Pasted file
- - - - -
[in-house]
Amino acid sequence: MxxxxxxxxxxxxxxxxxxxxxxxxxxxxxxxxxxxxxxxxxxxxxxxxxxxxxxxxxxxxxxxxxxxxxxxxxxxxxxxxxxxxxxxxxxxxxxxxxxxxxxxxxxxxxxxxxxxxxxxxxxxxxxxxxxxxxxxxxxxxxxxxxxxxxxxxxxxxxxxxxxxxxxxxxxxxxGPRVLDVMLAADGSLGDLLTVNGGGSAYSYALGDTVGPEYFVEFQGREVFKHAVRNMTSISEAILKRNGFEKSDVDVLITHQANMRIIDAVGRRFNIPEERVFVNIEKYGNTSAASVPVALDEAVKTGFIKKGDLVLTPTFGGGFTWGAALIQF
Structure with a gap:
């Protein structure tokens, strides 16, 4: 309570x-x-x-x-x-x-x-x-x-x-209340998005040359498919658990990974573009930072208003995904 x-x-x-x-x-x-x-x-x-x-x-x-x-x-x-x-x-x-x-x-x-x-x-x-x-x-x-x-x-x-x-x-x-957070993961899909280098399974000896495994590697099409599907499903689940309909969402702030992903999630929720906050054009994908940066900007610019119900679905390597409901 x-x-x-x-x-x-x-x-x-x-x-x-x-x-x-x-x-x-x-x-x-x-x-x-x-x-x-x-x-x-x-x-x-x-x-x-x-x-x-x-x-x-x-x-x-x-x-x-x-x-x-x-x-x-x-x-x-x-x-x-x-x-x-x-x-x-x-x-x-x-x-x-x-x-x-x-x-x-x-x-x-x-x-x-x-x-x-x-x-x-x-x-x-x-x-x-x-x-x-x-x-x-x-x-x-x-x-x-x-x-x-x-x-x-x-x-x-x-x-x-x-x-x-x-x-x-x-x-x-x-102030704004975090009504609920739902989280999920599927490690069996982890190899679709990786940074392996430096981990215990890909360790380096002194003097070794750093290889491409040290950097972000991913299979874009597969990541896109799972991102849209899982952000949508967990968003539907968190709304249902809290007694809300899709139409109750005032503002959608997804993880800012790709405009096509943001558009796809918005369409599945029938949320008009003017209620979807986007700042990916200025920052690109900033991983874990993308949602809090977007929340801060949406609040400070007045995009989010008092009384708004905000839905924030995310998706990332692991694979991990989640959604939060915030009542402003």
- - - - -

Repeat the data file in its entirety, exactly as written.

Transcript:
[in-house]
Amino acid sequence: MxxxxxxxxxxxxxxxxxxxxxxxxxxxxxxxxxxxxxxxxxxxxxxxxxxxxxxxxxxxxxxxxxxxxxxxxxxxxxxxxxxxxxxxxxxxxxxxxxxxxxxxxxxxxxxxxxxxxxxxxxxxxxxxxxxxxxxxxxxxxxxxxxxxxxxxxxxxxxxxxxxxxxxxxxxxxxGPRVLDVMLAADGSLGDLLTVNGGGSAYSYALGDTVGPEYFVEFQGREVFKHAVRNMTSISEAILKRNGFEKSDVDVLITHQANMRIIDAVGRRFNIPEERVFVNIEKYGNTSAASVPVALDEAVKTGFIKKGDLVLTPTFGGGFTWGAALIQF
Structure with a gap:
């Protein structure tokens, strides 16, 4: 309570x-x-x-x-x-x-x-x-x-x-209340998005040359498919658990990974573009930072208003995904 x-x-x-x-x-x-x-x-x-x-x-x-x-x-x-x-x-x-x-x-x-x-x-x-x-x-x-x-x-x-x-x-x-957070993961899909280098399974000896495994590697099409599907499903689940309909969402702030992903999630929720906050054009994908940066900007610019119900679905390597409901 x-x-x-x-x-x-x-x-x-x-x-x-x-x-x-x-x-x-x-x-x-x-x-x-x-x-x-x-x-x-x-x-x-x-x-x-x-x-x-x-x-x-x-x-x-x-x-x-x-x-x-x-x-x-x-x-x-x-x-x-x-x-x-x-x-x-x-x-x-x-x-x-x-x-x-x-x-x-x-x-x-x-x-x-x-x-x-x-x-x-x-x-x-x-x-x-x-x-x-x-x-x-x-x-x-x-x-x-x-x-x-x-x-x-x-x-x-x-x-x-x-x-x-x-x-x-x-x-x-x-102030704004975090009504609920739902989280999920599927490690069996982890190899679709990786940074392996430096981990215990890909360790380096002194003097070794750093290889491409040290950097972000991913299979874009597969990541896109799972991102849209899982952000949508967990968003539907968190709304249902809290007694809300899709139409109750005032503002959608997804993880800012790709405009096509943001558009796809918005369409599945029938949320008009003017209620979807986007700042990916200025920052690109900033991983874990993308949602809090977007929340801060949406609040400070007045995009989010008092009384708004905000839905924030995310998706990332692991694979991990989640959604939060915030009542402003």